Nancy Parker and Gertrude McCoy
young Midwest Quaker women, Nancy Parker and Gertrude McCoy, spent the
1938-39 academic year teaching at a Quaker school in
. At the Friends School of Ramallah, they taught a variety of
subjects, and supervised many of the Muslim and Christian
students—which at times included having them lie on the floor when
battles between the British and Palestinians came too close. Nancy and
Gertrude both fell in love with the land and their students, but had
only signed on for one year.
was to be a delegate to the German Quaker Yearly Meeting in August
1939, while Gertrude had gotten a post in a school in the German town
a month in
, where she experienced women hissing at her for wearing rouge and
lipstick, and soldiers threatening her when she did not offer “Heil
Hitler”. Just before school was to open, soldiers took the
headmaster in the middle of the night, and banged on her door: “If
you don’t go back to the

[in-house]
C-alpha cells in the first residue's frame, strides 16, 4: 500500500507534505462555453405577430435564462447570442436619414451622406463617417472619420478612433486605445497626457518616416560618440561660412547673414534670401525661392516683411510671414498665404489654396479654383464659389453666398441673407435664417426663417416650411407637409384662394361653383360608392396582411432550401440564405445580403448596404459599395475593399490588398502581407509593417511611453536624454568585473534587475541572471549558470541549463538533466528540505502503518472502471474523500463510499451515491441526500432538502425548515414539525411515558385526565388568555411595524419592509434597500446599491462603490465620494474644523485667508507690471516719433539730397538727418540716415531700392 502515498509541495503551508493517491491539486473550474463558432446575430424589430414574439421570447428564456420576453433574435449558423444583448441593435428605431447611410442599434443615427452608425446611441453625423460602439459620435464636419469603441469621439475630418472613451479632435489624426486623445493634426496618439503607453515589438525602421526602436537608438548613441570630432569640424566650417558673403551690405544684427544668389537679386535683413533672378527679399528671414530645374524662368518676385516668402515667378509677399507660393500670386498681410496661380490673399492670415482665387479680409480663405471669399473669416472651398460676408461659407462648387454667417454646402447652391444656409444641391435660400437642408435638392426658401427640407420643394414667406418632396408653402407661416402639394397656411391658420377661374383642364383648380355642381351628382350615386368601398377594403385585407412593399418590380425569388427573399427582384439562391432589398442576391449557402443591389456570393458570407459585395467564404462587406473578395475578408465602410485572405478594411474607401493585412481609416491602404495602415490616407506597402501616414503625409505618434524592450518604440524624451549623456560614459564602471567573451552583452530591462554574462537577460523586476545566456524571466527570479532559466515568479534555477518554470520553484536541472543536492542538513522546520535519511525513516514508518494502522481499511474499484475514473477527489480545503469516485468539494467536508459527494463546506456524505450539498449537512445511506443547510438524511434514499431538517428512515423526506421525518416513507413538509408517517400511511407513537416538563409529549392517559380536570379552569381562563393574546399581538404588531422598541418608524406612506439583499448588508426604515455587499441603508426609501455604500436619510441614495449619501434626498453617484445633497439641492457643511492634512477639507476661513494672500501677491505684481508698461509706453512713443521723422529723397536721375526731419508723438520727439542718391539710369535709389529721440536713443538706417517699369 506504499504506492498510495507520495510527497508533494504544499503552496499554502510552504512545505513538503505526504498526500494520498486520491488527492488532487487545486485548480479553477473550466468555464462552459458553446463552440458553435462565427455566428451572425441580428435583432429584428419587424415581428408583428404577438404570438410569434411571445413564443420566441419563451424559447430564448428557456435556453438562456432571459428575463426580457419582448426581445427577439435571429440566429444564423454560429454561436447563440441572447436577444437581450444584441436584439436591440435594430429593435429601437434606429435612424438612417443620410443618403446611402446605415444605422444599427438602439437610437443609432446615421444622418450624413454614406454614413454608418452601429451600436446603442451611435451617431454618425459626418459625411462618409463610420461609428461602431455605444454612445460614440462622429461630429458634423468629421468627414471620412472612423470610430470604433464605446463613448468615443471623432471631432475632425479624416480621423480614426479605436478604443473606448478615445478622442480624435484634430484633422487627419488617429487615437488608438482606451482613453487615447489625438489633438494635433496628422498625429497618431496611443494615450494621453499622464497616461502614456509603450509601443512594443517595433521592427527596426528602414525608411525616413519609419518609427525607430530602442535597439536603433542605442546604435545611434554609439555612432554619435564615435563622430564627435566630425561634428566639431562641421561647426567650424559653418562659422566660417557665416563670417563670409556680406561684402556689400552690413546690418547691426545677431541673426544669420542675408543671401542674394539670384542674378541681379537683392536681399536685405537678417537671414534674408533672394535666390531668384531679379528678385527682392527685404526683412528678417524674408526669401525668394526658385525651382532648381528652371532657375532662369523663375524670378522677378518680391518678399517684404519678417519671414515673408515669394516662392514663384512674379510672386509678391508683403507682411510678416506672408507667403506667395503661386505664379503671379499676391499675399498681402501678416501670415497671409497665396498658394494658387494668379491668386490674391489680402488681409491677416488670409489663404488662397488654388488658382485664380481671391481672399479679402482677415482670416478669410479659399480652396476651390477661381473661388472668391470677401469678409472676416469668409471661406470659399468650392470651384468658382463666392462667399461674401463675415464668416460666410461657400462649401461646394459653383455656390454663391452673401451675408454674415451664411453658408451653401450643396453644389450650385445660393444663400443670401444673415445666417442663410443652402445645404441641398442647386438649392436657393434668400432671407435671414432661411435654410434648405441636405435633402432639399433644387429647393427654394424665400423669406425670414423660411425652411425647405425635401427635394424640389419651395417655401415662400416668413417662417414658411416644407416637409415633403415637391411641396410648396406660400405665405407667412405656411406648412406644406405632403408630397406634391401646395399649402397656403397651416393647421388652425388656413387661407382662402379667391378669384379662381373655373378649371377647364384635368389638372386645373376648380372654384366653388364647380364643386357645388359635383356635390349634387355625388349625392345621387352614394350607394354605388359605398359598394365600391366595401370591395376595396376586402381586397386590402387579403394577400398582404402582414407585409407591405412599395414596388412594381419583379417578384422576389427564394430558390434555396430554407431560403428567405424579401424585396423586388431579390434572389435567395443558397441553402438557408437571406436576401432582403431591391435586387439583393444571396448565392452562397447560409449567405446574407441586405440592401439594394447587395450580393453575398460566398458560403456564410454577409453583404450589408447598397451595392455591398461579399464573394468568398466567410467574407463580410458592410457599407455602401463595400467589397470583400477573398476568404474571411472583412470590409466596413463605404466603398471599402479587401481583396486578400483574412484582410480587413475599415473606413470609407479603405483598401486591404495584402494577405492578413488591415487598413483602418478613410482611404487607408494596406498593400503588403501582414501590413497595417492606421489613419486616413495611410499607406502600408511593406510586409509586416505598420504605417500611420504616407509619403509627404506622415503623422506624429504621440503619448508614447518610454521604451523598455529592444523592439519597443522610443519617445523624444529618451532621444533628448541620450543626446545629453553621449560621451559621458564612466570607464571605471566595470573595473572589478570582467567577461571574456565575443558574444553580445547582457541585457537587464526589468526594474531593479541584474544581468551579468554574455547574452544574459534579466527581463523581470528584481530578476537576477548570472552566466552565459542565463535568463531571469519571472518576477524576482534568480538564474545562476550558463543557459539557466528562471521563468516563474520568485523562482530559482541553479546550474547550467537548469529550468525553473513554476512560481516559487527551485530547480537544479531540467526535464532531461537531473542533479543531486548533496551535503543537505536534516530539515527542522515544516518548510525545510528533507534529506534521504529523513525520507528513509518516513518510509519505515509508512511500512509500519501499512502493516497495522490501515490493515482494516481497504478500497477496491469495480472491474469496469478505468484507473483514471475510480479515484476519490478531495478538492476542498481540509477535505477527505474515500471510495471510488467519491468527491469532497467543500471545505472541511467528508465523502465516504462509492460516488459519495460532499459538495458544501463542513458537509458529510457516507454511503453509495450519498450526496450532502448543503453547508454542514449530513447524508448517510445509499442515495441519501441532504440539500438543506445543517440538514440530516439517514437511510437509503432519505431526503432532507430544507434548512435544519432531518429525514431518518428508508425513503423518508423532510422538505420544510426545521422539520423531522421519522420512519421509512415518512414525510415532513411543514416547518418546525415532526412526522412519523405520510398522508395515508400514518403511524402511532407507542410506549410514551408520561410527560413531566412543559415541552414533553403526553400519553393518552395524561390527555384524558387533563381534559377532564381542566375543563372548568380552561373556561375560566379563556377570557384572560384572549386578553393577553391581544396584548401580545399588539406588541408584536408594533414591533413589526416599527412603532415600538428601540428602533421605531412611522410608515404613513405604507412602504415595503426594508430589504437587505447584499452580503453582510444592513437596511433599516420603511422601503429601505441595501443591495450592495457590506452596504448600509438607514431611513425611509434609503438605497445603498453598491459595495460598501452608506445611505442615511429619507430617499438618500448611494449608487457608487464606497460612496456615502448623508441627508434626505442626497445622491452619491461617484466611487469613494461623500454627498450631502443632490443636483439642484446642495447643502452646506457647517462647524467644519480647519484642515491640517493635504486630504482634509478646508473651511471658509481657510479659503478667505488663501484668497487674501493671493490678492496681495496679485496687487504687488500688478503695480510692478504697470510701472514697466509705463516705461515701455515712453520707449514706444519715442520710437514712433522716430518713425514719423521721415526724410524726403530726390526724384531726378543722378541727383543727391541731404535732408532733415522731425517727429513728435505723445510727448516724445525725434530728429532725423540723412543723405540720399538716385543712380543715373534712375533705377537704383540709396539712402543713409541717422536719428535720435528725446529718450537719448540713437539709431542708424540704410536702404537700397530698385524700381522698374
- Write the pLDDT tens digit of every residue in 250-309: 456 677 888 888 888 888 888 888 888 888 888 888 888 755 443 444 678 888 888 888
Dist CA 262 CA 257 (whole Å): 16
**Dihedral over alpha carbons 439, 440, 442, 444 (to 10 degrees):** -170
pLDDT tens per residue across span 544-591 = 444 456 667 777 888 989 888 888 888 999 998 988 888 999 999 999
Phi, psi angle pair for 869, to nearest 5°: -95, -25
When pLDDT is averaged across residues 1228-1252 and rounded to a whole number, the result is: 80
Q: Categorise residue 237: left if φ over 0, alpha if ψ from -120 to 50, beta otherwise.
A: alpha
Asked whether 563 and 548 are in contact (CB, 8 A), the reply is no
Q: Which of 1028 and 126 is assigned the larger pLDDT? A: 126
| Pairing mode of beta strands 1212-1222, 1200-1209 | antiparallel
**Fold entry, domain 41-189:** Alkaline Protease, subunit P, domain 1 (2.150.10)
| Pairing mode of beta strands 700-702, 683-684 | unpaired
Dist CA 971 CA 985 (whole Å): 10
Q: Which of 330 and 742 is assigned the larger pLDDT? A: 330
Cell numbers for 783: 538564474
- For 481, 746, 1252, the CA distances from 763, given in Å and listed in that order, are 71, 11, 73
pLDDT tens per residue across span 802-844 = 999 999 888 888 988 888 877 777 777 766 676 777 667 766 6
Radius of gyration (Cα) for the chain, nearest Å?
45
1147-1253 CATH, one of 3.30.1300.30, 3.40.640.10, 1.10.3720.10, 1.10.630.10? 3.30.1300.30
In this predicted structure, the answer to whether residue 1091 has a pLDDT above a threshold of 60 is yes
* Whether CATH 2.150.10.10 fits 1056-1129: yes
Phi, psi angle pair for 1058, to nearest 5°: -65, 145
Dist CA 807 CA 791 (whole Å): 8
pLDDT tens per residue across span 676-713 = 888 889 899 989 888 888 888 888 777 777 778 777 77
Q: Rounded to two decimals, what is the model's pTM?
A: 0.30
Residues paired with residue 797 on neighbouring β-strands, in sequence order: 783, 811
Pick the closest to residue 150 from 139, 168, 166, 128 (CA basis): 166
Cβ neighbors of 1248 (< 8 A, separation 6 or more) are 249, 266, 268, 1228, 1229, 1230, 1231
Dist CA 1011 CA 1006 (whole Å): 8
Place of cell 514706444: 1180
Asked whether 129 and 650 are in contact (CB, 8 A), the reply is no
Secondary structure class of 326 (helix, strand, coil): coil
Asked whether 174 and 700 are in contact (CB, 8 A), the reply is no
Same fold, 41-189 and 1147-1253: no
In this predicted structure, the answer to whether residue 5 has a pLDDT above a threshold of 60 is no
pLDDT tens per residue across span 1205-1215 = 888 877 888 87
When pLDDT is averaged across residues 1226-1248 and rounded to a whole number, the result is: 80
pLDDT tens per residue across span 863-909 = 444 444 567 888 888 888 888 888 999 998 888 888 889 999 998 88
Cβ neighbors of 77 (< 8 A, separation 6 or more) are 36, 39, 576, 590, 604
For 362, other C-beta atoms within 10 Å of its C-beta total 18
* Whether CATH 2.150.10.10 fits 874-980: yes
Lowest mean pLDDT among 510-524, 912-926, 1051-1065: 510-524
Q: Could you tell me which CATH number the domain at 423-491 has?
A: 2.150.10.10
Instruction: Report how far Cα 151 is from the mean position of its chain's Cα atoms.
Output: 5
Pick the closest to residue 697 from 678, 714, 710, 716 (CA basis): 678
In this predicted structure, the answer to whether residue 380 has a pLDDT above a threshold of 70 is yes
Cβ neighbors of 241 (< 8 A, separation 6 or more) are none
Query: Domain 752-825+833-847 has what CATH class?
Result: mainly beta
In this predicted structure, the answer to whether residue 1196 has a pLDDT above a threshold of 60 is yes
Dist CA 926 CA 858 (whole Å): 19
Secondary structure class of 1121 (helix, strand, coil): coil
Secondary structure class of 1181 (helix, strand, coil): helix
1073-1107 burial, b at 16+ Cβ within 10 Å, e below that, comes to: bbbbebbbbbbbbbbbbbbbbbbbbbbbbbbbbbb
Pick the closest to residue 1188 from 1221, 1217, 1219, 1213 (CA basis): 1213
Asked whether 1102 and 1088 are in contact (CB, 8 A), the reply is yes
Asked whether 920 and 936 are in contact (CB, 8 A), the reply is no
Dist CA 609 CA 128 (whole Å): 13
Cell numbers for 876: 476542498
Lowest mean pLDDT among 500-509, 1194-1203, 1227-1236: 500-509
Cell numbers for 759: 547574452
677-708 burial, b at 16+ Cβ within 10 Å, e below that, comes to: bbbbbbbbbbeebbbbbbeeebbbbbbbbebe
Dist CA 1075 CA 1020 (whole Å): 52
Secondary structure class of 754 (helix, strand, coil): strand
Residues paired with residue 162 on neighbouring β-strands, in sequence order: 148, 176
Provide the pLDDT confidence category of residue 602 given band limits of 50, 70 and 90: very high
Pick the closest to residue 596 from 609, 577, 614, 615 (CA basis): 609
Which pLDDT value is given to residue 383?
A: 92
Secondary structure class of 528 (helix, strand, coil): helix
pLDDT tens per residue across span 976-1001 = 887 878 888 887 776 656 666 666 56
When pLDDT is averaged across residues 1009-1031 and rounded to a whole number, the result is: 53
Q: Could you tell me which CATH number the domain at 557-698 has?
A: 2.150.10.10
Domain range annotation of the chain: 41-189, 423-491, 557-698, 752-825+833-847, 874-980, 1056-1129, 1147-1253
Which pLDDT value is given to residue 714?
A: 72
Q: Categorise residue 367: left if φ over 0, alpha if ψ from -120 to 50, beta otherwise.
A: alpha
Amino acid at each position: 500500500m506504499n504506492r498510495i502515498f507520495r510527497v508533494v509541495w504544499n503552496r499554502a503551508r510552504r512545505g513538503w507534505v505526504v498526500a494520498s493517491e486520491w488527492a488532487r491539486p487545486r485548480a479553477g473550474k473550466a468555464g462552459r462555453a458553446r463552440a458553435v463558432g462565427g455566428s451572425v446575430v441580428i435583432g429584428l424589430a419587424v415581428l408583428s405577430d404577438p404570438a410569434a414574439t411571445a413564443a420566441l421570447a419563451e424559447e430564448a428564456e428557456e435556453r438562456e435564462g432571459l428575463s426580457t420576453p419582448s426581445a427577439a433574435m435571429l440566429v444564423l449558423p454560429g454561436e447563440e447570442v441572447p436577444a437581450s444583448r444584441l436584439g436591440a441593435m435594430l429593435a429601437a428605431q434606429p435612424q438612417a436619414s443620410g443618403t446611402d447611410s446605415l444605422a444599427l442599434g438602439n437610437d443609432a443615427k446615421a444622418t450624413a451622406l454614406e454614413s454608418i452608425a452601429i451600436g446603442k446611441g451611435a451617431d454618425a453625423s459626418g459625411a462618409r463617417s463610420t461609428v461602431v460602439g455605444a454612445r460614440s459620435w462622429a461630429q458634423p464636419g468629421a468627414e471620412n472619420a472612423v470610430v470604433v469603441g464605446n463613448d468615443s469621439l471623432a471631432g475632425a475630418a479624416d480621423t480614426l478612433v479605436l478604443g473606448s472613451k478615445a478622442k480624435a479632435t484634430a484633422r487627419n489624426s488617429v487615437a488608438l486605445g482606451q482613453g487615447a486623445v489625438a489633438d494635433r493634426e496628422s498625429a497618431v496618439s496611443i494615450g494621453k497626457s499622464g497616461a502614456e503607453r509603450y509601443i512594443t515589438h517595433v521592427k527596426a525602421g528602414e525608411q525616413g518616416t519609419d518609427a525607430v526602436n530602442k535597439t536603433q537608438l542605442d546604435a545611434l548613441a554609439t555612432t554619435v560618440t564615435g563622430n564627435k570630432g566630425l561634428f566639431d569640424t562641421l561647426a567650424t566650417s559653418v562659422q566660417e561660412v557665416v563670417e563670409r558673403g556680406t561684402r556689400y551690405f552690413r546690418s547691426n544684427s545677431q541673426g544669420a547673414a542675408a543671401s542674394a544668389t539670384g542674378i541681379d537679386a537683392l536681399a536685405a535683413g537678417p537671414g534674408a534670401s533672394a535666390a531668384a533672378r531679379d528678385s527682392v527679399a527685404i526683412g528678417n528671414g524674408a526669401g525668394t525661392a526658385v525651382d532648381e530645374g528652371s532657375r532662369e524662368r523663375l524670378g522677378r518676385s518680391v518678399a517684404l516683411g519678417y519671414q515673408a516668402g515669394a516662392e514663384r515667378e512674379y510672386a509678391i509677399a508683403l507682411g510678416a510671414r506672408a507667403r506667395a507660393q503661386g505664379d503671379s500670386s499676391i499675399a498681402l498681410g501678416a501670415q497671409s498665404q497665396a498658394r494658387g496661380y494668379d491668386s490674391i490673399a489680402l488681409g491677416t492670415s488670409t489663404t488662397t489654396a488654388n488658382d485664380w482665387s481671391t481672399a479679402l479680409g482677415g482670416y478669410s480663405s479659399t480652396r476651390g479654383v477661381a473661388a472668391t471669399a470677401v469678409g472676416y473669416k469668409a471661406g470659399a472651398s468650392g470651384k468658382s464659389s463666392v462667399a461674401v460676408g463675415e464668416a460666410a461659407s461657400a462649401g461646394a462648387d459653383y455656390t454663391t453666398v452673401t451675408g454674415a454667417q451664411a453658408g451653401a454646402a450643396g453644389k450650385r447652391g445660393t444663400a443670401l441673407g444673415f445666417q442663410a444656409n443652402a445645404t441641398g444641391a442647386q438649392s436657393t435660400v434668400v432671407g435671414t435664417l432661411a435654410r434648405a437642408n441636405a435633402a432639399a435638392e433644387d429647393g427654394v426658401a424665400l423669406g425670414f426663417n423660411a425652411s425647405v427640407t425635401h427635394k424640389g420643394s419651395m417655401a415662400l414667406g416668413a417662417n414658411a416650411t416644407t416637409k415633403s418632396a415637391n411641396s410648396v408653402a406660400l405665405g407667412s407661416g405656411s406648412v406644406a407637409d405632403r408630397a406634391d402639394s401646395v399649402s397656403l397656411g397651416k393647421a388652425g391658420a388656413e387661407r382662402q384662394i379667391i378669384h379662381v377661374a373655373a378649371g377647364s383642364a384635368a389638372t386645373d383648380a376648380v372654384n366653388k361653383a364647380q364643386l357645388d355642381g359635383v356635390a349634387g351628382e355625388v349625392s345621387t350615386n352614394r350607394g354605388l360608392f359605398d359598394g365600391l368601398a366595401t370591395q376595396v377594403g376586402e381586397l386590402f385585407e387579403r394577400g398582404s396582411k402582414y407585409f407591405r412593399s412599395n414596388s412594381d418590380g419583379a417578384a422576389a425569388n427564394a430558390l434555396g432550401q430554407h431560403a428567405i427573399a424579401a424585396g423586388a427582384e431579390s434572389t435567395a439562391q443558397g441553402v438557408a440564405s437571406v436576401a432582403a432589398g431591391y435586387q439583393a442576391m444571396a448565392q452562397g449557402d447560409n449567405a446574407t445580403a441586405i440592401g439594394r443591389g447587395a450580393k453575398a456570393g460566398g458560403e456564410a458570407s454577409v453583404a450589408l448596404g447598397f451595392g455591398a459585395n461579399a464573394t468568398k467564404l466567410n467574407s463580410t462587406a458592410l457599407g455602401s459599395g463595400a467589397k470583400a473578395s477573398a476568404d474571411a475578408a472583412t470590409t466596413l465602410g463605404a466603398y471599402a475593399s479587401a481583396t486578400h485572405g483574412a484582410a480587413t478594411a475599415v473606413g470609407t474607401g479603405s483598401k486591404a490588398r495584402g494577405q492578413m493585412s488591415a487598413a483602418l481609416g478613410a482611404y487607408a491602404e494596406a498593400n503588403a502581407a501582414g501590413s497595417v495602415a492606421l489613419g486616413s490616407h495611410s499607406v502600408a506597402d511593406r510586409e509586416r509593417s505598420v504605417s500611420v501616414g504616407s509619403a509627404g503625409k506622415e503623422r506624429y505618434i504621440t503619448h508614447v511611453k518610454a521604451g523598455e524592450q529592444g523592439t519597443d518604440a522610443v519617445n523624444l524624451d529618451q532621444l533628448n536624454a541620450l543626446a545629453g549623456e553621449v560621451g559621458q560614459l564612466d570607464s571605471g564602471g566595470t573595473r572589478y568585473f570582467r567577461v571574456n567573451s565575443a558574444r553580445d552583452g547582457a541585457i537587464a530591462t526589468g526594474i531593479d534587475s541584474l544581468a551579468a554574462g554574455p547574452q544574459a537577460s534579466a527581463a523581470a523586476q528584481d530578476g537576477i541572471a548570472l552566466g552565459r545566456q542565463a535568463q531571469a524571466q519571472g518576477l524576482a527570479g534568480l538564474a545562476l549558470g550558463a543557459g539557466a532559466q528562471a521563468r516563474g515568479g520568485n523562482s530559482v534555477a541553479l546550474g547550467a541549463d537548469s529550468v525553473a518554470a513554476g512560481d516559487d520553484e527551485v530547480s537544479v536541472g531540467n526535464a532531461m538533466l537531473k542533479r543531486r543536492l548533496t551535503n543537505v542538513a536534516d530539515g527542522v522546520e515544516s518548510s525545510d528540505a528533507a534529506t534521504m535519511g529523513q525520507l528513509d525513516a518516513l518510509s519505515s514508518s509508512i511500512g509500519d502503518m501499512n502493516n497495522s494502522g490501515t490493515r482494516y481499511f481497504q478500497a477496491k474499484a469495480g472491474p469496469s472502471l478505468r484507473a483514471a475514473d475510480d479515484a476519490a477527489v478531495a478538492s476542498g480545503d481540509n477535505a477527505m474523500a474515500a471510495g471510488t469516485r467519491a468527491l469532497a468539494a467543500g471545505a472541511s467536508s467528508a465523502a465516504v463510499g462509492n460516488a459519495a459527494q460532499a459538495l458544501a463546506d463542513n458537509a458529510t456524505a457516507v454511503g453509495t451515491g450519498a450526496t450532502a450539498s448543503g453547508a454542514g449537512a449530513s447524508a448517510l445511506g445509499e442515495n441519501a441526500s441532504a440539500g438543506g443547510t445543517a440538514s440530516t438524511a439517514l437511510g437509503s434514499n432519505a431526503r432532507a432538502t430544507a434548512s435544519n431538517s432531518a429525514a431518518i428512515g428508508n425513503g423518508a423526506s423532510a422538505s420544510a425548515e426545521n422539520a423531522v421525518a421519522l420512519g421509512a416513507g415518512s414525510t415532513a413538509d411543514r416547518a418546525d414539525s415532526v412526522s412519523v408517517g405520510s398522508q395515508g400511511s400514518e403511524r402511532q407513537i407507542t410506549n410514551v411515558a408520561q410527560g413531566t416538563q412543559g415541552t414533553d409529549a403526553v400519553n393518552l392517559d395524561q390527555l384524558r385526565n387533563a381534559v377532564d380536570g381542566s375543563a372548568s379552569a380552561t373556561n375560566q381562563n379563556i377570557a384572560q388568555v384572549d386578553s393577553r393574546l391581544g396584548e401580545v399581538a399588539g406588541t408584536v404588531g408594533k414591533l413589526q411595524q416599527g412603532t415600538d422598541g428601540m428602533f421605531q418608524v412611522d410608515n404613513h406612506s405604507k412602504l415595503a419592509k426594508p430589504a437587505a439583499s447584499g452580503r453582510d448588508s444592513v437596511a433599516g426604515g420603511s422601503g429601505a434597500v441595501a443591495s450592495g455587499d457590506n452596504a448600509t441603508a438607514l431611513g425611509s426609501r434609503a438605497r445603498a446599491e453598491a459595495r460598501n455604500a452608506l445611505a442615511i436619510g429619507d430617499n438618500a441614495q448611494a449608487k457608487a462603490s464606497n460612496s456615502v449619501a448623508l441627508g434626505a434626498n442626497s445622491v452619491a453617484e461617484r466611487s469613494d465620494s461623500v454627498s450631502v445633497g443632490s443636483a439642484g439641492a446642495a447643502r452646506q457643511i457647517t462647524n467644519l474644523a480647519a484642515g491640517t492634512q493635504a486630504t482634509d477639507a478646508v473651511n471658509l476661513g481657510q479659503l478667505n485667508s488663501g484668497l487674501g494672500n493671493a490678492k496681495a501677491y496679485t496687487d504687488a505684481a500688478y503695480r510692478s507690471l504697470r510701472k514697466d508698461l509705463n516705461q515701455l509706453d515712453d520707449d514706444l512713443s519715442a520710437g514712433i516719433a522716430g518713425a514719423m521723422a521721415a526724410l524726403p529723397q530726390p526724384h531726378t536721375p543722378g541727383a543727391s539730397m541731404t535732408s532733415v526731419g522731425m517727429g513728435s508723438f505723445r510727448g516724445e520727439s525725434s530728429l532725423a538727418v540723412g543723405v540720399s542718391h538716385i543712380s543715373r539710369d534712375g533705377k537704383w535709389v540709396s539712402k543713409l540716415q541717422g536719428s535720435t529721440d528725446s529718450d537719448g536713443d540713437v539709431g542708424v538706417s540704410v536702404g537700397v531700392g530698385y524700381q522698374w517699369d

today, you will have to work for Hitler”. She sailed back in a ship
filled with others escaping the impeding war—including the Joseph
Kennedy family of
and renowned conductor Arturo Toscanini.
also felt the fear that pervaded
. She, too, was hissed at when she did not say “Heil Hitler” and
German Quakers told her to always be careful, as the Gestapo was
present at all Quaker meetings. Only when inside a Friend’s
apartment or way out in the country after a long hike was she able to
hear her hosts’ grief and frustrations. She was even careful not to
write her impressions in her journal while she was there. She, too,
had narrow escapes leaving
, but did make it home safely, despite the terror of the times.
later vividly described her experiences in Notes
from Ramallah, 1939.